The treatment of prisoners with mental illness is often barbaric if not medieval. Here's what needs to stop.
At some point in the 1970s the decision was made to close state-run mental health institutions. Much of this was motivated by The Community Mental Health Act in 1963. Reports at the time indicated significant abuse of patients and a general lack of credible mental health care. The idea was that funds would be redirected from the states to local communities to manage and monitor the needs of individuals with mental health issues. Unfortunately, this transfer of funds never happened and local communities were simply overwhelmed.
The result was that many people with mental illnesses found themselves in the prison system. Systems underfunded and understaffed without training who were primarily focused on incarceration rather than the needs of anyone with a health condition defined by mental illness.
To make matters worse, prisoners suffering from mental illness often found their condition exacerbated and amplified by their incarceration. Imagine a person suffering from depression or bipolar disorder in a hostile and restrictive environment. The new solution in fact created significant problems and ignored a landmark ruling from the Supreme Court.
What has essentially happened is the trans-institutionalization of mental illness from hospitals to prisons. And the prisoners with mental health conditions suffer greatly. Some become withdrawn and others find themselves in solitary confinement intended as a protective measure. According to a report submitted by the University of Pennsylvania in February, 2011: "Incarceration has a robust relationship with subsequent mood disorders, related to feeling 'down,' including major depressive disorder, bipolar disorder, and dysthymia."
The fact of the matter is that anyone in solitary confinement is treated the same way. They are ignored and only allowed one hour a day to walk into a walled or caged area. They are given their meals in their cell, and windows are small and rare. Solitary is often used as a punishment room, but in many prisons it's used as way to keep mentally ill prisoners away from the general prison population while imposing the worst punishment a manic-depressive or schizophrenic person could endure.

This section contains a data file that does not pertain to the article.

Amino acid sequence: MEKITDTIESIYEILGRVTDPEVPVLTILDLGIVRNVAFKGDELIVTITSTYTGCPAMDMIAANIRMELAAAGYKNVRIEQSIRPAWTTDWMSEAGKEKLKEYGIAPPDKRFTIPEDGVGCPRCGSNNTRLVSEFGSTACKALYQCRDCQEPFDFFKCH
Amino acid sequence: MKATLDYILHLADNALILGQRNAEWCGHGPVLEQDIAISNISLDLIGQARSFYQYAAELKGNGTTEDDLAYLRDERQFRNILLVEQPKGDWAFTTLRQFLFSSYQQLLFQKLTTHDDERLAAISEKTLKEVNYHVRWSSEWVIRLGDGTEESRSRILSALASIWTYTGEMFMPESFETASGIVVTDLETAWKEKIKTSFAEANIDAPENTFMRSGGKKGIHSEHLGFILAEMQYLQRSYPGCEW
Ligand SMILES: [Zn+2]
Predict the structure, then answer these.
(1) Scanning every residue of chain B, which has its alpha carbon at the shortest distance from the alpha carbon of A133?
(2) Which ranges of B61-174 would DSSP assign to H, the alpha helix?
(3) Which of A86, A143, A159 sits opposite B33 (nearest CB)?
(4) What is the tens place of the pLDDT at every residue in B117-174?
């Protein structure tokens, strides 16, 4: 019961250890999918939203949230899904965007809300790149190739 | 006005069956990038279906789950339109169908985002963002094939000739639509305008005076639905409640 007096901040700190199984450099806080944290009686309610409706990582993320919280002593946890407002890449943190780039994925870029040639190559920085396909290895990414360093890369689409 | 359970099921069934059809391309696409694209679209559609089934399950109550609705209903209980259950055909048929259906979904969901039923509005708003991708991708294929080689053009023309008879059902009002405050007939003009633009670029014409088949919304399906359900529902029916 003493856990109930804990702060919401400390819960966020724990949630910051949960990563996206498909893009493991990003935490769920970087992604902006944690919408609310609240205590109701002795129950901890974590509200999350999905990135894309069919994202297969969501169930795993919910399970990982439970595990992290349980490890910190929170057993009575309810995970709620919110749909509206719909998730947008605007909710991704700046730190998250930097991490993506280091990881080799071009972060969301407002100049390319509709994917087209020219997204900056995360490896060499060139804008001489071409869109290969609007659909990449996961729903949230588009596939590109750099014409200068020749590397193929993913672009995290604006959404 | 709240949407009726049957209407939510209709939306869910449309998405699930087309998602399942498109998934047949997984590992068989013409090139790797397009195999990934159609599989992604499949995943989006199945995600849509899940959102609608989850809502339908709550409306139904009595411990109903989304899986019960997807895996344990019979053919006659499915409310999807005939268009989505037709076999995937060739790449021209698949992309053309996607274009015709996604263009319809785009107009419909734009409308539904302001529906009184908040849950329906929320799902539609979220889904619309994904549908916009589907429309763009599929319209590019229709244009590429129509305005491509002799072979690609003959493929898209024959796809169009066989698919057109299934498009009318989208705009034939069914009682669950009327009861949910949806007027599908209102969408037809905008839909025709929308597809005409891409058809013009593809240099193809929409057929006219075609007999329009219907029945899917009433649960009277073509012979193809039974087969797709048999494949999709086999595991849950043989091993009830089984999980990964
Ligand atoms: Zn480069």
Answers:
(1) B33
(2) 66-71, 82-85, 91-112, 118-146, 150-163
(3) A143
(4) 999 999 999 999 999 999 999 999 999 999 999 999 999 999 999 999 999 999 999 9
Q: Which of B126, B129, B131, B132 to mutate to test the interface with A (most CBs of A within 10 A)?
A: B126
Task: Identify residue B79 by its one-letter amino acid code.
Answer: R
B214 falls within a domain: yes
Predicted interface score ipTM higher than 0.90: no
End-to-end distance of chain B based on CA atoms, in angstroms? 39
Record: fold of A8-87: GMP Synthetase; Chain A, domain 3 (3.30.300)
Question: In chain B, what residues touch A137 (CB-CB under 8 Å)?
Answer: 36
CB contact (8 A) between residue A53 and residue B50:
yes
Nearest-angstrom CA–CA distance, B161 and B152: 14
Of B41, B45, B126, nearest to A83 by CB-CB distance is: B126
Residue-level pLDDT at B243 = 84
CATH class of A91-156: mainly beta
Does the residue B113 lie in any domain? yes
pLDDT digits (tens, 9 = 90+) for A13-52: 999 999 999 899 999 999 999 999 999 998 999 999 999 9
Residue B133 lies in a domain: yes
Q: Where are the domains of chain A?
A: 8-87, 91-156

To make matters worse, many people incarcerated are not properly diagnosed before sentencing. If someone appears to have a substance abuse issue, they are assumed to tolerate withdrawal from that addiction cold turkey when denied access to substances in prison. Most tough it out. Unfortunately, undiagnosed individuals with serious mental disorders like schizophrenia or bipolar disorders are often sent into prisons without proper diagnosis or any plan for treatment or medications. The result is their condition worsens.
Based on a range of studies done by the National Institute of Mental Health, The American Journal of Psychiatry, the U.S. Department of Education and other sources:
- One in four adults -− approximately 61.5 million Americans -− experiences mental illness in a given year. One in 17 -− about 13.6 million -− live with a serious mental illness such as schizophrenia, major depression or bipolar disorder.
- Approximately 20 percent of youth ages 13 to 18 experience severe mental disorders in a given year. For ages 8 to 15, the estimate is 13 percent.
- Approximately 1.1 percent of American adults -- about 2.4 million people -- live with schizophrenia.
- Approximately 2.6 percent of American adults -− 1 million people -− live with bipolar disorder.
- Approximately 6.7 percent of American adults -− about 14.8 million people -− live with major depression.